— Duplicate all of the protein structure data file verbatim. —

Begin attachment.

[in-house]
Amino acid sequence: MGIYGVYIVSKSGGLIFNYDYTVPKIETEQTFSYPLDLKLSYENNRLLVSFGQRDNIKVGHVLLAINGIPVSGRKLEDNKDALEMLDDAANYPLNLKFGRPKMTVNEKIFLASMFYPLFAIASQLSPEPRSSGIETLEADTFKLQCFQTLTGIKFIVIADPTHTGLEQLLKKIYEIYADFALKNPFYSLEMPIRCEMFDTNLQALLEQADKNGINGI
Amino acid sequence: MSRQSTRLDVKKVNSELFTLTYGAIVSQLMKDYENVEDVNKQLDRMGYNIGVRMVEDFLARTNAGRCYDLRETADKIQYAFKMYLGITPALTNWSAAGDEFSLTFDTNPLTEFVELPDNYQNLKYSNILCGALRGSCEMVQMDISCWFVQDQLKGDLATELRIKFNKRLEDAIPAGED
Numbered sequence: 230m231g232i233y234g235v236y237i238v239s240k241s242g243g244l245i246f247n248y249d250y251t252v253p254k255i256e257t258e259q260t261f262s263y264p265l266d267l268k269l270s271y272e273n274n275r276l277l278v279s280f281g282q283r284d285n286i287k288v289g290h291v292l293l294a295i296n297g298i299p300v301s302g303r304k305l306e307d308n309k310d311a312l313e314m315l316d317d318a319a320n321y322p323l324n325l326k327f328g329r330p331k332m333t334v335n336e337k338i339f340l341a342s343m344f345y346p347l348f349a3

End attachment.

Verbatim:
[in-house]
Amino acid sequence: MGIYGVYIVSKSGGLIFNYDYTVPKIETEQTFSYPLDLKLSYENNRLLVSFGQRDNIKVGHVLLAINGIPVSGRKLEDNKDALEMLDDAANYPLNLKFGRPKMTVNEKIFLASMFYPLFAIASQLSPEPRSSGIETLEADTFKLQCFQTLTGIKFIVIADPTHTGLEQLLKKIYEIYADFALKNPFYSLEMPIRCEMFDTNLQALLEQADKNGINGI
Amino acid sequence: MSRQSTRLDVKKVNSELFTLTYGAIVSQLMKDYENVEDVNKQLDRMGYNIGVRMVEDFLARTNAGRCYDLRETADKIQYAFKMYLGITPALTNWSAAGDEFSLTFDTNPLTEFVELPDNYQNLKYSNILCGALRGSCEMVQMDISCWFVQDQLKGDLATELRIKFNKRLEDAIPAGED
Numbered sequence: 230m231g232i233y234g235v236y237i238v239s240k241s242g243g244l245i246f247n248y249d250y251t252v253p254k255i256e257t258e259q260t261f262s263y264p265l266d267l268k269l270s271y272e273n274n275r276l277l278v279s280f281g282q283r284d285n286i287k288v289g290h291v292l293l294a295i296n297g298i299p300v301s302g303r304k305l306e307d308n309k310d311a312l313e314m315l316d317d318a319a320n321y322p323l324n325l326k327f328g329r330p331k332m333t334v335n336e337k338i339f340l341a342s343m344f345y346p347l348f349a3